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28 October 2016

New study shows potential of concrete buildings to balance the energy grid and reduce CO2 impact

New study shows potential of concrete buildings to balance the energy grid and reduce CO2 impact

Brussels, 28 October 2016: A new study by 3E has demonstrated the huge potential of buildings’ thermal mass to maximise the use of renewable energy. This can result in up to a 25% CO2 reduction per dwelling, up to 50% reduction in the need for peak electricity supply capacity and savings of up to €300 per household per year.

One of the challenges which we face today in terms of renewable energy is the mismatch between when this energy is generated and when it is needed. In order to make the most of the energy generated by renewables, such as wind and solar, flexibility is needed in the electricity grid.

Concrete is a heavyweight building material with a high thermal mass. This means that when it is warm, concrete absorbs unwanted heat, slowing the rise in temperature in indoor rooms. When temperatures fall in the evening, concrete releases the heat which it has absorbed during the day, keeping indoor rooms at a comfortable temperature. Thermal mass has traditionally been used to improve the energy efficiency of buildings and provide a stable indoor temperature.

A further - previously untapped – benefit is to use the thermal storage capacity offered by the structure to provide flexibility in energy grids and boost the uptake of renewable energy.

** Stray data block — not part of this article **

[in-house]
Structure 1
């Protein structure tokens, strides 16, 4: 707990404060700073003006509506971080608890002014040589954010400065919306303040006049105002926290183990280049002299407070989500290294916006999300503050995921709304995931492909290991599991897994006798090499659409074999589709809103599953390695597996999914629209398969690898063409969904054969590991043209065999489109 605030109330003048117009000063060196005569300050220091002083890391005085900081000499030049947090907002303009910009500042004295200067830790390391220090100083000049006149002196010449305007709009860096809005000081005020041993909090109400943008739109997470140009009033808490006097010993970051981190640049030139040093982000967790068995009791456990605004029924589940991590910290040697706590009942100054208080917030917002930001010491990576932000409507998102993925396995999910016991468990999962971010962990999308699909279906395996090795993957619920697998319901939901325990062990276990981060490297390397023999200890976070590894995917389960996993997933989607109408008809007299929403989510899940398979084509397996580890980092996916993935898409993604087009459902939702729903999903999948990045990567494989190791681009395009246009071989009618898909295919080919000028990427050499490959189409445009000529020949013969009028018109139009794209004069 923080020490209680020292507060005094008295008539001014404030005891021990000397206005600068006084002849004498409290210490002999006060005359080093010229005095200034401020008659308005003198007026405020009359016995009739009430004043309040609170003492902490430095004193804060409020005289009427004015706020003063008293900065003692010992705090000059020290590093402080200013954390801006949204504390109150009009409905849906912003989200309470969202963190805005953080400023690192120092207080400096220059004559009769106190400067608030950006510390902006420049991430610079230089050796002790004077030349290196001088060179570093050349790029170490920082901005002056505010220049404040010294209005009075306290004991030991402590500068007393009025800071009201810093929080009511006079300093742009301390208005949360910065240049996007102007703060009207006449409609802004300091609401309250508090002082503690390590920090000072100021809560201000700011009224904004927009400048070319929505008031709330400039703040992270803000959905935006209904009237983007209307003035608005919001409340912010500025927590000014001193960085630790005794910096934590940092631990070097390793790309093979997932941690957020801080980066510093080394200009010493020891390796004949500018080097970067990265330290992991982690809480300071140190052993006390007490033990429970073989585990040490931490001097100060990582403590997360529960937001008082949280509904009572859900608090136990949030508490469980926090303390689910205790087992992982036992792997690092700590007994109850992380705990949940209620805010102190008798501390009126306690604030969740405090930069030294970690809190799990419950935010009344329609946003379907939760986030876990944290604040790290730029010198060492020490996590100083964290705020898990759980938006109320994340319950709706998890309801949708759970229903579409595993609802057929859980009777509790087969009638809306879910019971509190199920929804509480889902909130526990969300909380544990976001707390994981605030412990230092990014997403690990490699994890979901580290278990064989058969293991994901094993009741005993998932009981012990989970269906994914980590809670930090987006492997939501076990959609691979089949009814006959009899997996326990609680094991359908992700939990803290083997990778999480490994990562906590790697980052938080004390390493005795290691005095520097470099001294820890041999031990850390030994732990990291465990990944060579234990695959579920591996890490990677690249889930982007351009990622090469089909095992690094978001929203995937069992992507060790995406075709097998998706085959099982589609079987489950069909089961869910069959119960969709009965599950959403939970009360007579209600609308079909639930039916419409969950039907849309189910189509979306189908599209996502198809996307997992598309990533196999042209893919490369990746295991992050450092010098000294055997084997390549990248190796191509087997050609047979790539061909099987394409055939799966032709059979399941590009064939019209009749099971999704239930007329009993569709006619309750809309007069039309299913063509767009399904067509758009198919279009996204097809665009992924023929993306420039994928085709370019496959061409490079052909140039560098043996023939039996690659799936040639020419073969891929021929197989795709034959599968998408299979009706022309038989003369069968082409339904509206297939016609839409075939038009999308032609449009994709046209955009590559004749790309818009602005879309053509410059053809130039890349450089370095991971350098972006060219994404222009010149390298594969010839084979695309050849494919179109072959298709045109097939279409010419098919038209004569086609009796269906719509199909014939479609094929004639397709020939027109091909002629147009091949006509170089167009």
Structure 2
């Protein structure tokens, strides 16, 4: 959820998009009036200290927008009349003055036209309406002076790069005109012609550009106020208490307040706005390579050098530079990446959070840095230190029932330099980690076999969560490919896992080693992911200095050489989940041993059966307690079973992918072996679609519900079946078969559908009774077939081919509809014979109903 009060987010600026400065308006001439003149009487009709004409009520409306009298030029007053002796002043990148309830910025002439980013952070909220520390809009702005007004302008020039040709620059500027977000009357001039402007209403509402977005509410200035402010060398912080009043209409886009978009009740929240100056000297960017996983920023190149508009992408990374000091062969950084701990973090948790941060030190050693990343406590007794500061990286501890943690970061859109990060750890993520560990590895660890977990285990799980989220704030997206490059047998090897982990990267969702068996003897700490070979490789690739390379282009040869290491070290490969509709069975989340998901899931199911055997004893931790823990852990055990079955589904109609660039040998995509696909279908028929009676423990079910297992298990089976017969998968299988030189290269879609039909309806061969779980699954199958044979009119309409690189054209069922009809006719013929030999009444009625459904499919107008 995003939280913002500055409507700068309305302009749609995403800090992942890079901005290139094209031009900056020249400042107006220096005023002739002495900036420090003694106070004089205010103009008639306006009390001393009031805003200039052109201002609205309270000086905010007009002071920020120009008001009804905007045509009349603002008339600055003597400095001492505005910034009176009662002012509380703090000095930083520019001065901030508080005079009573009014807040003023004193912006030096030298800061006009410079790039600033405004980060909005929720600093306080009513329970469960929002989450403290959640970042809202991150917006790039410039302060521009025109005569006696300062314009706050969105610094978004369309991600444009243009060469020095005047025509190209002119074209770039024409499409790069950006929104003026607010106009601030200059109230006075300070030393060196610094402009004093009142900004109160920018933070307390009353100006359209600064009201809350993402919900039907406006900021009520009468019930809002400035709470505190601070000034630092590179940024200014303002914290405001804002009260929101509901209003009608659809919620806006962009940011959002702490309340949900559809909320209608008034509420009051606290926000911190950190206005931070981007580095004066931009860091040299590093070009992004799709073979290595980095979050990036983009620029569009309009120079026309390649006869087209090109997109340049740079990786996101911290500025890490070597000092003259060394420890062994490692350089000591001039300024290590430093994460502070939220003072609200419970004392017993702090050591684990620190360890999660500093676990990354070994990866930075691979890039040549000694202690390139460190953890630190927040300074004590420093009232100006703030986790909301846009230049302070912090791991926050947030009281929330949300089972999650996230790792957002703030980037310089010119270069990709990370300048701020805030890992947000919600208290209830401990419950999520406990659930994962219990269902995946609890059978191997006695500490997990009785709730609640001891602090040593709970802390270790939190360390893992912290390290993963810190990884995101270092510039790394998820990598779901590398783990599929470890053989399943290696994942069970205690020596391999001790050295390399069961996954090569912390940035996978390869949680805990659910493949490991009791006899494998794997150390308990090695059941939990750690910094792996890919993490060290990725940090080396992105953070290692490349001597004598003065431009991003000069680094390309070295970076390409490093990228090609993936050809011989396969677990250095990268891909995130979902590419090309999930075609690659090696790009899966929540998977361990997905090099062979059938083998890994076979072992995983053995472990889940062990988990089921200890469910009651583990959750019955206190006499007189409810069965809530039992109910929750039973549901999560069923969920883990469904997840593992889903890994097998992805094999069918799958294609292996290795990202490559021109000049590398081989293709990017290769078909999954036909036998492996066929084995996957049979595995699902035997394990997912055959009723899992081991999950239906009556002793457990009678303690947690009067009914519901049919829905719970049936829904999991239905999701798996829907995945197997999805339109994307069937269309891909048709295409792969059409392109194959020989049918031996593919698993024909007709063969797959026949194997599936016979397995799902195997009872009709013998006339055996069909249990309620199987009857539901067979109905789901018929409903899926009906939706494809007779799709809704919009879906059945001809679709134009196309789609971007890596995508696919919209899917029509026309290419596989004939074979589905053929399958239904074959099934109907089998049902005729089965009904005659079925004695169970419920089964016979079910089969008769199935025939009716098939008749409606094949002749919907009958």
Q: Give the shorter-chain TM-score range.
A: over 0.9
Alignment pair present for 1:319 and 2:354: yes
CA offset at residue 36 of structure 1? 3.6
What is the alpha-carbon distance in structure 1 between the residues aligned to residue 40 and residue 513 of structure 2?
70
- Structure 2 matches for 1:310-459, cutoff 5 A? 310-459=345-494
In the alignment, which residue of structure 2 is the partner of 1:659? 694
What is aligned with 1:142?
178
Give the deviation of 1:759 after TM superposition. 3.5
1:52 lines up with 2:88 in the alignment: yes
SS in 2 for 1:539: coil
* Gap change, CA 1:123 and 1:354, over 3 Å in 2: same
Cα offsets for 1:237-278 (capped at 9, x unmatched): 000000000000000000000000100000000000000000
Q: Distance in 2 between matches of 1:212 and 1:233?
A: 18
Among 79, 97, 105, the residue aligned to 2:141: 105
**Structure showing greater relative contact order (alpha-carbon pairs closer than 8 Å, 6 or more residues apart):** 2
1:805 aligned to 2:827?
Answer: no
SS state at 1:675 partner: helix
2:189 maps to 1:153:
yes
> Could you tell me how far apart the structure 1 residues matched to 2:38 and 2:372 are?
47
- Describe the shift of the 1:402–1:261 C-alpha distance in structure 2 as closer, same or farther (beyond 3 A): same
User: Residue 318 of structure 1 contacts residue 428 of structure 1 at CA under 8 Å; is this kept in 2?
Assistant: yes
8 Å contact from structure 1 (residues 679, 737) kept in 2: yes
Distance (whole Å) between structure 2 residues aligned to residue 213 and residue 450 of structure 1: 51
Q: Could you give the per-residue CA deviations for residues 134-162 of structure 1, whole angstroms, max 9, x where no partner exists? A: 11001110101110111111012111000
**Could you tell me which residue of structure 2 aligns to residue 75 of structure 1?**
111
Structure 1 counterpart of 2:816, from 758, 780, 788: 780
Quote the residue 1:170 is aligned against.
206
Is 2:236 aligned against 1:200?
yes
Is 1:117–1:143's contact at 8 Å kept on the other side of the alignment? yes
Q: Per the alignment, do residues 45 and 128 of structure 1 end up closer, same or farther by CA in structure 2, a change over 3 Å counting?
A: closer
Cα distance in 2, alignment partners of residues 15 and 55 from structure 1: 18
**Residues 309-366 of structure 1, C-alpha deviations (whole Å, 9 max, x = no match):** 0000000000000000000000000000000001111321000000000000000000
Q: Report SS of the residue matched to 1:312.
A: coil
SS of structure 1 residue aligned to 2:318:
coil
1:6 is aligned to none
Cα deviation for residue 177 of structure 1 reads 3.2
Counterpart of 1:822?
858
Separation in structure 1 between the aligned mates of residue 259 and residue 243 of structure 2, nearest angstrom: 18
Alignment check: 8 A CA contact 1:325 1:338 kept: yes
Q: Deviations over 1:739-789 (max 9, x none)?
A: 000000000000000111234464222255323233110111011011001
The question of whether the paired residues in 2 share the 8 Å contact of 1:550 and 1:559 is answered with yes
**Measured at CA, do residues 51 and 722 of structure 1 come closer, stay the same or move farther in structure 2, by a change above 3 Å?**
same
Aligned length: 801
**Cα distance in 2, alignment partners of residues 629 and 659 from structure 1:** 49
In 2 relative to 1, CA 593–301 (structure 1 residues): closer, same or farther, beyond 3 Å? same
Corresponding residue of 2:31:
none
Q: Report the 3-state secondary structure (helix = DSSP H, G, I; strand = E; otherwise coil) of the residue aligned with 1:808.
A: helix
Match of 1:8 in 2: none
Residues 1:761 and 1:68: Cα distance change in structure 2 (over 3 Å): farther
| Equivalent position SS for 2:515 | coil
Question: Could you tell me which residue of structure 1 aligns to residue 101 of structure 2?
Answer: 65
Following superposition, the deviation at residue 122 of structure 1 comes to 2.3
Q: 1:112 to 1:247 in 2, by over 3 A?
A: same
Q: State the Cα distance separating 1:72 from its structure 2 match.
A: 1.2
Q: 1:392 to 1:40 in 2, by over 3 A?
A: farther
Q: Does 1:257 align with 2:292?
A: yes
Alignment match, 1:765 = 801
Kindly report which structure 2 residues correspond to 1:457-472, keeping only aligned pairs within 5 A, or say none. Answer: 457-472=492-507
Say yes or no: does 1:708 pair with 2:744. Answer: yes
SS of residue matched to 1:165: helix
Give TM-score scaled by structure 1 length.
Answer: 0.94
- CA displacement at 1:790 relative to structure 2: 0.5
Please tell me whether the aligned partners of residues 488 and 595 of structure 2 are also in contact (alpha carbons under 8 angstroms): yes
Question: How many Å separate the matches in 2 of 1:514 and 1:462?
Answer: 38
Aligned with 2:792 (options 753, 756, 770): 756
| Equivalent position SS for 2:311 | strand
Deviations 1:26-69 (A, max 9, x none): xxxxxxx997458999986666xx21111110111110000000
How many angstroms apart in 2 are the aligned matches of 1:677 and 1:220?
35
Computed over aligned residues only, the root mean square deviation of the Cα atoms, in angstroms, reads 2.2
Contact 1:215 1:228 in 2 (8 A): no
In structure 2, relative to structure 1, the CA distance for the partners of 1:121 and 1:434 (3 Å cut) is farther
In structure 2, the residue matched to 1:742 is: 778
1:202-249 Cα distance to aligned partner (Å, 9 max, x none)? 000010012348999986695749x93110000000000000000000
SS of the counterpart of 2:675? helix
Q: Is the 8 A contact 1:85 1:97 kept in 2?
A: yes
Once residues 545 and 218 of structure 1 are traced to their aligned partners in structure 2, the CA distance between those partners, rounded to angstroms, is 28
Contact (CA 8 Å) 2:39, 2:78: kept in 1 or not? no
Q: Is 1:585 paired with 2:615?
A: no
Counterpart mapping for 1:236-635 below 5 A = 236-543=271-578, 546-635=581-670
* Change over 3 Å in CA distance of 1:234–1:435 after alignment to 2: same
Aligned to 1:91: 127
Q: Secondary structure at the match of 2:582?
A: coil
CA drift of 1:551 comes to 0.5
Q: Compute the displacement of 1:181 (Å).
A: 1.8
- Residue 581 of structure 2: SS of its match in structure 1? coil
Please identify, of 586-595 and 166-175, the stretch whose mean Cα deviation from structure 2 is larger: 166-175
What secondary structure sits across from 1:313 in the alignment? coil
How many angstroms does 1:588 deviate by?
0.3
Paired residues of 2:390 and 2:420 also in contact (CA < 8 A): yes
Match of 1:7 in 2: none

According to this study, commissioned by The Concrete Initiative, heavyweight buildings can provide this flexibility by allowing for consumer energy demand to be shifted in time (“active demand response”) by using structural thermal energy storage. Therefore, in addition to concrete’s well-known benefits in terms of the energy efficiency of individual buildings, its unique storage capacity can be harnessed by smart grids to increase the share of renewable energy in the grid. Thanks to concrete and smart controls, it is possible to use energy during off-peak times (e.g. early in the morning), which is then stored in the concrete and slowly released over the next few hours. This has benefits in terms of the electricity grid (reduced transmission and distribution infrastructure), lower investment costs, lower operational cost for consumers, higher renewable energy penetration, and reduced CO2 emissions.

Furthermore, this strategy does not require investment in extra storage devices.

The study contains recommendations for the current revision of the Energy Performance of Buildings Directive (EPBD) to fully exploit structural thermal energy storage. These include the need to recognise the available structural storage capacity in buildings, and to emphasise the relationship between buildings and the grid.

Click here to learn more about the benefits of activated thermal mass and to download the study.